According with Michael Grant & John Hazel (1):
[Acca Larentia] Wife of Faustulus, the shepherd who found the abandoned twins Romulus and Remus and brought them up. Since the babies had been suckled by a she-wolf, Acca was named lupa, witch has a double meaning in Latin: "whore" as well as "she-wolf". Acca was also sometimes called Faula or Fabula, another designation of harlots in Latin.
But this you already know, by Wikipedia.
What, then, is the she-wolf's relationship with Laurentia?
According with Kathleen N. Daly and Marian Rengel (2), Acca Larentia has two faces in roman mythology:
A minar divinity, perhaps originating in Etruria, honored in Rome during the annual festival of the Laurentalia, held on December 23. Known commonly as Larentia, this goddess appeared to have an association with the world of the dead and the early role of the Lares, guardian spirits of the dead. Scholars studying Roman writers agree that the god existed first and then, as Roman culture developed, stories grew up around Acca Larentia to explain her role in their culture.
The oldest stories say that Larentia was the wife of the shepherd Faustulus, who found and brought to her the twins Romulus and Remus, so that she could nurse them and raise them as her own. She was also believed to have been a prostitute, who changed her life and became revered as a saint, for the root of her name, lupa, means both she-wolf and whore. Through these similarities, it became convenient to connect this ancient goddess with the mythology surrounding these prominent twins, who, sons of Mars, were rescued by a she-wolf form the Tiber River and went on to found Rome.
A prostitute with whom the god Hercules spent the night in a Roman temple, after the priest of that temple played dice with the great hero and god and lost. Acca Larentia was the beautiful woman the priest found on the street and locked in the temple as a prize for Hercules.
After enjoying the night with her, Hercules told Acca Larentia to approach and be friendly with the first wealthy man she met upon leaving the temple. Some Roman writers say that Hercules influenced the man; others say that Acca Larentia used tricks of her trade to win his affections. As her role in the story of Rome continues, Acca Larentia married the rich man, and when he died, leaving her all of his wealth, she gave the fortune to Rome, the city she loved.
Ancient Roman writers and modern scholars are unsure of this story with Acca Larentia who became the foster mother to Romulus and Remus. Some say it was the same woman; others say that familiarity with her name made it an easy one to give to the woman in this story from the Hercules legends.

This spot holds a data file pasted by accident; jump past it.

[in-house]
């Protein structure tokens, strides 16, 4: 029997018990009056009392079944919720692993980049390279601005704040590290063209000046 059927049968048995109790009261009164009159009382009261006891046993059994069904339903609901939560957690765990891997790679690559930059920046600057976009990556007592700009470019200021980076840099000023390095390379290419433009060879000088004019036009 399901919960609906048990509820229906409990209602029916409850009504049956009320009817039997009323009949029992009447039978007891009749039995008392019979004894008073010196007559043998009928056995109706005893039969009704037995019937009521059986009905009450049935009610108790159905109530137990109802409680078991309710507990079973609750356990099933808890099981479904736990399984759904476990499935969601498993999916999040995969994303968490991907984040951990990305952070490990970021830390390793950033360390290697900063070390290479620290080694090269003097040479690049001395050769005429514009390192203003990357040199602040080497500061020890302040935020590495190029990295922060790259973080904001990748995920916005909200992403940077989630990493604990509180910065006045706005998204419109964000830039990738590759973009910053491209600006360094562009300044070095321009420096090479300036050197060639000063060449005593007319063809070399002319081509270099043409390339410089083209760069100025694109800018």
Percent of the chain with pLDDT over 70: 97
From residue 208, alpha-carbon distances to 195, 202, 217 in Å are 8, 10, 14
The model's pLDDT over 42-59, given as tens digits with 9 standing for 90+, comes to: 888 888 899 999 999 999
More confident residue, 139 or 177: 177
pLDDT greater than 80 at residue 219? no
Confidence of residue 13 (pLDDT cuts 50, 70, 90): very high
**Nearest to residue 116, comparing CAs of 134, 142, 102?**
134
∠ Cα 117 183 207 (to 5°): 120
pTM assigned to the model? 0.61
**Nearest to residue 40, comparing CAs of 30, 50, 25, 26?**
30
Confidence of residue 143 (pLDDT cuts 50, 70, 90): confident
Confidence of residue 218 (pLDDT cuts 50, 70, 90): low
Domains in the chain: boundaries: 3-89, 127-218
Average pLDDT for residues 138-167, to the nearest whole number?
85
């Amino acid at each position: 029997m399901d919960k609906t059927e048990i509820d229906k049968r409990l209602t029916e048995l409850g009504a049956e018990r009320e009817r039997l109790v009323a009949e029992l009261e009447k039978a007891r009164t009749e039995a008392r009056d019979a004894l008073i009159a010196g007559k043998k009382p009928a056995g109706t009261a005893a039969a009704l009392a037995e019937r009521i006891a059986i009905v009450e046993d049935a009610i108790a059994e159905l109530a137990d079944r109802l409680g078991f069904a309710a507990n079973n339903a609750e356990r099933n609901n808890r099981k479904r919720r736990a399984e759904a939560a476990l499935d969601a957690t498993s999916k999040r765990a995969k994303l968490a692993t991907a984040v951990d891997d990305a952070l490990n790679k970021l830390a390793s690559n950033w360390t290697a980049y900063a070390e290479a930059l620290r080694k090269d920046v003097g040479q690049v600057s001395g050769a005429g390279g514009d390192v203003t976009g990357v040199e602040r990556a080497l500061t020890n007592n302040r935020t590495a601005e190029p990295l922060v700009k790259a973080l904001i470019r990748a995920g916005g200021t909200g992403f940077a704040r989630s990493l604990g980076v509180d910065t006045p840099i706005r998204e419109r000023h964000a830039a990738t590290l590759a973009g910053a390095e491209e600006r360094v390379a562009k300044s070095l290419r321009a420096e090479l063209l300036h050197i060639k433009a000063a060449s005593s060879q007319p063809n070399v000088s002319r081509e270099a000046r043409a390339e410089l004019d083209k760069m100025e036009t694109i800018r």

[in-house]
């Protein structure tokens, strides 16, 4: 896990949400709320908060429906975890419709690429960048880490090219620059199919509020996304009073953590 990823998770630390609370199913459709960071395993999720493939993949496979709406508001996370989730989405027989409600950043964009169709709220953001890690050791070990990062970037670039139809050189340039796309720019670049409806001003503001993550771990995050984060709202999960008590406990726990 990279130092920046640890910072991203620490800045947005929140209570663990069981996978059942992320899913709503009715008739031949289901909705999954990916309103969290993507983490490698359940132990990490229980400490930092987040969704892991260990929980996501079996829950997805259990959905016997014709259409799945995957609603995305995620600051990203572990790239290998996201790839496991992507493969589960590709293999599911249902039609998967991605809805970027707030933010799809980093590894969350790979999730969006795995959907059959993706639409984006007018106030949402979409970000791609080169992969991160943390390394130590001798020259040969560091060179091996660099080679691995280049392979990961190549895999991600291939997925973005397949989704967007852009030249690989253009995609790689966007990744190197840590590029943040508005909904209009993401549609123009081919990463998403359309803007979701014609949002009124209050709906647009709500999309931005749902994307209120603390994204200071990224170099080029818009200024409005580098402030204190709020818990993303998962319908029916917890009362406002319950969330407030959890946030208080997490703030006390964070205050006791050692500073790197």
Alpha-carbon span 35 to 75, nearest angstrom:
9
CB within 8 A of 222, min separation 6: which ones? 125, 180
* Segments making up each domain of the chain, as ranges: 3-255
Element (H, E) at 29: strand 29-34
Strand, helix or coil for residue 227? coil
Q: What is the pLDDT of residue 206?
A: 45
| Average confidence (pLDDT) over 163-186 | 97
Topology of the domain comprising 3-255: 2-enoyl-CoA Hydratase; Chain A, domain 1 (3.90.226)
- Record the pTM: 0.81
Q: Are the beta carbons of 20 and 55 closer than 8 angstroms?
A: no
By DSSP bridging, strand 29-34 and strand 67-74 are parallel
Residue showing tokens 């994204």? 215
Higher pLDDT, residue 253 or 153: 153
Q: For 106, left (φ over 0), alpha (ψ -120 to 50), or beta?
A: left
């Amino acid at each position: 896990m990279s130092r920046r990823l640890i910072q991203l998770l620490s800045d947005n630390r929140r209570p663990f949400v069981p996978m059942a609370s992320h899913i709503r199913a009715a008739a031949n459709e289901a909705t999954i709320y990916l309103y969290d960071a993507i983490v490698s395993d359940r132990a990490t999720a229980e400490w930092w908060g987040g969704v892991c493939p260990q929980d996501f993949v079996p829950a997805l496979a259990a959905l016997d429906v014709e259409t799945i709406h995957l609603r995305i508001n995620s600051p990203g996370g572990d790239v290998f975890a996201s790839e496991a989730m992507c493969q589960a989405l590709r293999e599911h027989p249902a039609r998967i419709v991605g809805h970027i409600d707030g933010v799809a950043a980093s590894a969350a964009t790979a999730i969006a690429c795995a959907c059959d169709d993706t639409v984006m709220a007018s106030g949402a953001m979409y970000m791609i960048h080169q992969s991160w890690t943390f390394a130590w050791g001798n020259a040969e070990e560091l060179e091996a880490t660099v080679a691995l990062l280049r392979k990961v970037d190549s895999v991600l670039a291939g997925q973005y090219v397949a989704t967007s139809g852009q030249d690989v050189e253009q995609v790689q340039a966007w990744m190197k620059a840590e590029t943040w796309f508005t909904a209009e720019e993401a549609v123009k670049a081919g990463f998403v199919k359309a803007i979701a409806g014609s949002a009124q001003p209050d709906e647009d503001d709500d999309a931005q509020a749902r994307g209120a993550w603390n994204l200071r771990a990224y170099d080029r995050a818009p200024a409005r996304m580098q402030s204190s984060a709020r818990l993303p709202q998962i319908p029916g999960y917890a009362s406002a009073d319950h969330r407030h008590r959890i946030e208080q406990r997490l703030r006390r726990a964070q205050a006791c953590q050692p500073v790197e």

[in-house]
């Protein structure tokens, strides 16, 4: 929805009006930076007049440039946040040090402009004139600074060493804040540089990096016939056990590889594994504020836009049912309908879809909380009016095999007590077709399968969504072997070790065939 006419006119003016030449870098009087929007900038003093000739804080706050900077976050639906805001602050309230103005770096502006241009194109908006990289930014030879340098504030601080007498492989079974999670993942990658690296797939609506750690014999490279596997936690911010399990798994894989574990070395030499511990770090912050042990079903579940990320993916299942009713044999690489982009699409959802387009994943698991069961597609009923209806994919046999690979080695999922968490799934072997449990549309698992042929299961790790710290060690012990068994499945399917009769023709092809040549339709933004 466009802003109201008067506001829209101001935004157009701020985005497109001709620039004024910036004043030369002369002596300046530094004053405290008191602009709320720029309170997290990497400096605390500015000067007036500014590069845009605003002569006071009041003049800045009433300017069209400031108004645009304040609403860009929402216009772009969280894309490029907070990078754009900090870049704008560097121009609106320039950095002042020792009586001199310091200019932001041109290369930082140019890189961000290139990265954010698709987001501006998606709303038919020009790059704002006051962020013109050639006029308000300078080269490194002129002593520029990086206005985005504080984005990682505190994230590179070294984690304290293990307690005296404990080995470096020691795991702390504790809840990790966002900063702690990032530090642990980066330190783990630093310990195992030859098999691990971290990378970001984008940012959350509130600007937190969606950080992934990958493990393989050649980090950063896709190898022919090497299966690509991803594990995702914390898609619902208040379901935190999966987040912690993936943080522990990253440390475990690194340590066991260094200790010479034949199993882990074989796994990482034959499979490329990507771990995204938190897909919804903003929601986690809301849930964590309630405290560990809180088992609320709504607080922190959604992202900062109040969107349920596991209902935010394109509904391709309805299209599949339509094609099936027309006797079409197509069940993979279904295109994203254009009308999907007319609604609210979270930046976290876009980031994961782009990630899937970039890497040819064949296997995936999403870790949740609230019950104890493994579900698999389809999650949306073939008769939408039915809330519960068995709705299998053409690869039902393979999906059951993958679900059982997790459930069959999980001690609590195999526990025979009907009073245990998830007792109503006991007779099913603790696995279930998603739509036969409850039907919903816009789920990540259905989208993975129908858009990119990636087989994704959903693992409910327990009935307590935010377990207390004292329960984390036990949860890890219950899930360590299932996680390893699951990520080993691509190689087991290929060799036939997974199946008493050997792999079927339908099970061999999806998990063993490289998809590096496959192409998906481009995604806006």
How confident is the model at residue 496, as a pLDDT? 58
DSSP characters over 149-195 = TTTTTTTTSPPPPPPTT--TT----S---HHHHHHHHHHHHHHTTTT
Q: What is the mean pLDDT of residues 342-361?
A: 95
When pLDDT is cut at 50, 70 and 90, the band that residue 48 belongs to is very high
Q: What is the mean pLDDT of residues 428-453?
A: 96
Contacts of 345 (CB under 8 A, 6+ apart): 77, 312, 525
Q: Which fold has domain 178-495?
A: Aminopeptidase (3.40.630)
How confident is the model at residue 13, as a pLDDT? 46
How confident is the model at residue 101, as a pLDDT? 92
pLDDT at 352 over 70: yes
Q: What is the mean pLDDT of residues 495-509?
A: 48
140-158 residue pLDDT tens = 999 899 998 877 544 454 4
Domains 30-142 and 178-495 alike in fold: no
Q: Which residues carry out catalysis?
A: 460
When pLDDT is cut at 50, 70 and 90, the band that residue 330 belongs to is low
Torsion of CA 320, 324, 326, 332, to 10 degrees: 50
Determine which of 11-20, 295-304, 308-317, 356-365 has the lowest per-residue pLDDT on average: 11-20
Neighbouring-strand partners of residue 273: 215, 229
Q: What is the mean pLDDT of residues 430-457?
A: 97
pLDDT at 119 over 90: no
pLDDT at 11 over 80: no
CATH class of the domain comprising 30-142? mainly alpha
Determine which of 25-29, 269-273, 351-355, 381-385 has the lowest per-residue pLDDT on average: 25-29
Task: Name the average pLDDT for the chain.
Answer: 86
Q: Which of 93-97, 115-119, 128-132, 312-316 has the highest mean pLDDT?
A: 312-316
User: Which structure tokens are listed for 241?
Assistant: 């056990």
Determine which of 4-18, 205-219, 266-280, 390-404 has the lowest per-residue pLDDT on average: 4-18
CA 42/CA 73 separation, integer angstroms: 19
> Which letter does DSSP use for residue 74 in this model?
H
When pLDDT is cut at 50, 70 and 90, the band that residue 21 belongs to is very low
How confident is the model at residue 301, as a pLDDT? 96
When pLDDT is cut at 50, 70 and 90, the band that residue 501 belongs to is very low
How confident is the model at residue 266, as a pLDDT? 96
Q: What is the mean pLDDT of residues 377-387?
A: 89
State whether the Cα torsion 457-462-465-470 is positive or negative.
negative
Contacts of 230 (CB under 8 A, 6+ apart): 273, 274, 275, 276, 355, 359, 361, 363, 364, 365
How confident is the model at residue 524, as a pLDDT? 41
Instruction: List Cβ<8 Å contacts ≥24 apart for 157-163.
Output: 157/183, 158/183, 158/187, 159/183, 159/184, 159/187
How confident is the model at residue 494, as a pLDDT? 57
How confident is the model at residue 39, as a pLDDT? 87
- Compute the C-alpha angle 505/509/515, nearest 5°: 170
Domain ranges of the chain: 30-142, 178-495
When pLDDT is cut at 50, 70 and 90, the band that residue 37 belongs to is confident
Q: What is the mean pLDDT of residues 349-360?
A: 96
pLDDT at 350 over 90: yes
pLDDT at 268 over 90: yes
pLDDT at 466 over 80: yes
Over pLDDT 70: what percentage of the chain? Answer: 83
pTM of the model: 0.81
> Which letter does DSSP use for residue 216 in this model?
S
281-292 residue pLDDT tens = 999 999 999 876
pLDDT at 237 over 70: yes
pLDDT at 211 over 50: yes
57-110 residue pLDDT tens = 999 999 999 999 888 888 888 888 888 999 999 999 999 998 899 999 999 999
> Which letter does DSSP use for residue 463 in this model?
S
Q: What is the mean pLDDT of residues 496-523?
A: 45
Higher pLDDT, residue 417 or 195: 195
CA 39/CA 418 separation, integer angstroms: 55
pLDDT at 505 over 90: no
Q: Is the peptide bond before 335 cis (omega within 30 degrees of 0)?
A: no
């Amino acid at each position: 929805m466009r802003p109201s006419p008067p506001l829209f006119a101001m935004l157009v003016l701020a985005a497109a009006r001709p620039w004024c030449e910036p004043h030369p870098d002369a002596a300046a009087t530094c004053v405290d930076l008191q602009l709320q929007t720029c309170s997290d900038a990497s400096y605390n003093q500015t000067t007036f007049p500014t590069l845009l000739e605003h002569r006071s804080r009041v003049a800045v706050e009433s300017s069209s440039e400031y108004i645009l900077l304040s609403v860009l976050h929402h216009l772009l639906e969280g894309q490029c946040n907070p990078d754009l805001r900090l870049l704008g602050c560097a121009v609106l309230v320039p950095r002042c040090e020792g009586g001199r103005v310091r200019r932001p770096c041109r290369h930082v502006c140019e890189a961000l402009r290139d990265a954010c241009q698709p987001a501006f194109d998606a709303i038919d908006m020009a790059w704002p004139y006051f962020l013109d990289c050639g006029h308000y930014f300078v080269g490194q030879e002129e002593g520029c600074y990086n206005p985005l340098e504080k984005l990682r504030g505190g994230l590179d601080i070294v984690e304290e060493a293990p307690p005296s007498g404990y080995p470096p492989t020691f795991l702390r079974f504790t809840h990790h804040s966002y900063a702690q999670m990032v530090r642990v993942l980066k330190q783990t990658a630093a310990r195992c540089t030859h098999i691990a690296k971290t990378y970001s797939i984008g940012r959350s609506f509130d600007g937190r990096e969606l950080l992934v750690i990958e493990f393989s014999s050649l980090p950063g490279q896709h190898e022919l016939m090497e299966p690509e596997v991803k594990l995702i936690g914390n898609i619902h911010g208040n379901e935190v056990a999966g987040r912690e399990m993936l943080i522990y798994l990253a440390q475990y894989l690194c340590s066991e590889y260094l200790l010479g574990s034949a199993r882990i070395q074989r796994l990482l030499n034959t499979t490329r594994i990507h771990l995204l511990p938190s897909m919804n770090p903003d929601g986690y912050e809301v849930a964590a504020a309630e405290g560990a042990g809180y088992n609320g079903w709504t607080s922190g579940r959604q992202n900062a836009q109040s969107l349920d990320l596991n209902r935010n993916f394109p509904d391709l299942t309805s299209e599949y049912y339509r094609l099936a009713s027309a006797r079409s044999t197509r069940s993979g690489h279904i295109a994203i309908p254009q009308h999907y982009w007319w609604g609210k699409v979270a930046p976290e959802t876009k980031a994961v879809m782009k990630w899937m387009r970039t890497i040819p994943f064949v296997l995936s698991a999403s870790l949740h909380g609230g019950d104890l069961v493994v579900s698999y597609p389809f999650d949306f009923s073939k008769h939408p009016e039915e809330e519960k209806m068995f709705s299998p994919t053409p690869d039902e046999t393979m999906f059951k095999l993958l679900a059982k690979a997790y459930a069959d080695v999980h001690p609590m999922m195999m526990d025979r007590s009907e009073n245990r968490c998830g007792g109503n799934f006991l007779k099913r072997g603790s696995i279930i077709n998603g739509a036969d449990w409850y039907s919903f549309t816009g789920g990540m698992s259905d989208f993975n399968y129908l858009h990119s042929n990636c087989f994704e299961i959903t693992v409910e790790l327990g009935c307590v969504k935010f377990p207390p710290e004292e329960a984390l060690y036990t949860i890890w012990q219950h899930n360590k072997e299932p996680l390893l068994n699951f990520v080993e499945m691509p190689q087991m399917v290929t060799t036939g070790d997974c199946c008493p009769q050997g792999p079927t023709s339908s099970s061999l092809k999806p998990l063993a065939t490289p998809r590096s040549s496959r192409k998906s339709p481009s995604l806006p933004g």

You can understand, therefore, that there's a relationship between the she-wolf that fed Romulus and Remus and Acca Larentia.
This link between these two personalities is had by the word Lupa, used to refer prostitutes, also translated as she-wolf.
The prostitute - corpus in vulgus dabat- was the wife of Faustulus, the shepherd who found the twins by the water's edge. Her name was Acca Larentia, but the called her Lupa because she slept around. [..] Writing to Brutus after Caesar's murder, Cicero says that he, Brutus, like Acca Larentia, ought to be granted public sacrifice and a place on the ritual calendar. (3)
The Roman scholars themselves make this reference between the animal and the woman, even if contradictory as to the literal reference and representation (as she-wolf) and the shepherd's wife.
Still, some say that the prostitute who met with Hercules and the she-wolf are the same person. However, this version is even more hazy. Thus, the two stories about Acca Larentia has common features. In both she was a prostitute. In each she performed a service to the state. In one she nurtured its founder, in the other she enriched its citizens.
Plutarch, however, connected the two traditions by recording of the death of the courtesan, that she disappeared at the same place where Romulus' nurse was buried. Afterwards, he says, they discovered her will in which she had left her large fortune to the Roman people.
(1) GRANT, Michael; HAZEL, John. Who's who in Classical Mythology. 3. ed.: Routledge, 2001.
(2) DALY, Kathleen N.; RENGEL, Marian. Greek and Roman Mythology, A to Z. 1. ed.: Infobase Publishing, 2009.
(3) STAPLES, Ariadne. From Good Goddess to Vestal Virgins: Sex and Category in Roman Religion. 1 ed.: Routledge, 2013.